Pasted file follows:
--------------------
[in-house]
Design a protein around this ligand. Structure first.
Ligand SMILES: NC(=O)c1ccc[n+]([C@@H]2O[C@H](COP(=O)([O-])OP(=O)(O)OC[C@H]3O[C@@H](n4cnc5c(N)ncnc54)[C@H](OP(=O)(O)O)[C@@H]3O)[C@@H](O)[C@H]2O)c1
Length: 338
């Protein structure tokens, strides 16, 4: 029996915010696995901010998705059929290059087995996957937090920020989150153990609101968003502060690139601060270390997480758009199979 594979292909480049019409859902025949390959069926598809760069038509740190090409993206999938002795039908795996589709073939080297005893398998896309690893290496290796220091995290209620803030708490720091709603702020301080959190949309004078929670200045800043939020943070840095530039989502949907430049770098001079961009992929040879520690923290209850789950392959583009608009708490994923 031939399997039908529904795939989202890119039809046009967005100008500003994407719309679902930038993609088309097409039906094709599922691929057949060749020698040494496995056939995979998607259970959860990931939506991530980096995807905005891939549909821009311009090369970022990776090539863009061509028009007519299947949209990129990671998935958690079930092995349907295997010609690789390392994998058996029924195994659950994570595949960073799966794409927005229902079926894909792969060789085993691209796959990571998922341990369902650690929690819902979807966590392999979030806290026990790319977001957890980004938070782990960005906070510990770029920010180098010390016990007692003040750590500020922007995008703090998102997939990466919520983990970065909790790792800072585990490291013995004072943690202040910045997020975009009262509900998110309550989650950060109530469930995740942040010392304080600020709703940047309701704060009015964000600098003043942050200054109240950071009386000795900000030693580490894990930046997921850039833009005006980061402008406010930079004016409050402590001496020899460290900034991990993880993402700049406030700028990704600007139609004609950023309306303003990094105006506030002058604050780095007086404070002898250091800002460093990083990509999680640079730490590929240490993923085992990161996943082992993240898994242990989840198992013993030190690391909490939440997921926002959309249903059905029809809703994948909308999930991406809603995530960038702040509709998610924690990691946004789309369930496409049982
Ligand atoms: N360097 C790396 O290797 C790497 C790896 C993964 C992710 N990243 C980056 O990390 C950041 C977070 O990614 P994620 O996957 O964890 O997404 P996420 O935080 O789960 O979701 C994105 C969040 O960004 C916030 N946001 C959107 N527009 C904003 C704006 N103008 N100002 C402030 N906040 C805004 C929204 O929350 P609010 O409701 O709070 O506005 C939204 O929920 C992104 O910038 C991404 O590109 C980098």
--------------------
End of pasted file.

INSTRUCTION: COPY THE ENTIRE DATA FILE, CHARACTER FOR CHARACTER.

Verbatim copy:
[in-house]
Design a protein around this ligand. Structure first.
Ligand SMILES: NC(=O)c1ccc[n+]([C@@H]2O[C@H](COP(=O)([O-])OP(=O)(O)OC[C@H]3O[C@@H](n4cnc5c(N)ncnc54)[C@H](OP(=O)(O)O)[C@@H]3O)[C@@H](O)[C@H]2O)c1
Length: 338
């Protein structure tokens, strides 16, 4: 029996915010696995901010998705059929290059087995996957937090920020989150153990609101968003502060690139601060270390997480758009199979 594979292909480049019409859902025949390959069926598809760069038509740190090409993206999938002795039908795996589709073939080297005893398998896309690893290496290796220091995290209620803030708490720091709603702020301080959190949309004078929670200045800043939020943070840095530039989502949907430049770098001079961009992929040879520690923290209850789950392959583009608009708490994923 031939399997039908529904795939989202890119039809046009967005100008500003994407719309679902930038993609088309097409039906094709599922691929057949060749020698040494496995056939995979998607259970959860990931939506991530980096995807905005891939549909821009311009090369970022990776090539863009061509028009007519299947949209990129990671998935958690079930092995349907295997010609690789390392994998058996029924195994659950994570595949960073799966794409927005229902079926894909792969060789085993691209796959990571998922341990369902650690929690819902979807966590392999979030806290026990790319977001957890980004938070782990960005906070510990770029920010180098010390016990007692003040750590500020922007995008703090998102997939990466919520983990970065909790790792800072585990490291013995004072943690202040910045997020975009009262509900998110309550989650950060109530469930995740942040010392304080600020709703940047309701704060009015964000600098003043942050200054109240950071009386000795900000030693580490894990930046997921850039833009005006980061402008406010930079004016409050402590001496020899460290900034991990993880993402700049406030700028990704600007139609004609950023309306303003990094105006506030002058604050780095007086404070002898250091800002460093990083990509999680640079730490590929240490993923085992990161996943082992993240898994242990989840198992013993030190690391909490939440997921926002959309249903059905029809809703994948909308999930991406809603995530960038702040509709998610924690990691946004789309369930496409049982
Ligand atoms: N360097 C790396 O290797 C790497 C790896 C993964 C992710 N990243 C980056 O990390 C950041 C977070 O990614 P994620 O996957 O964890 O997404 P996420 O935080 O789960 O979701 C994105 C969040 O960004 C916030 N946001 C959107 N527009 C904003 C704006 N103008 N100002 C402030 N906040 C805004 C929204 O929350 P609010 O409701 O709070 O506005 C939204 O929920 C992104 O910038 C991404 O590109 C980098």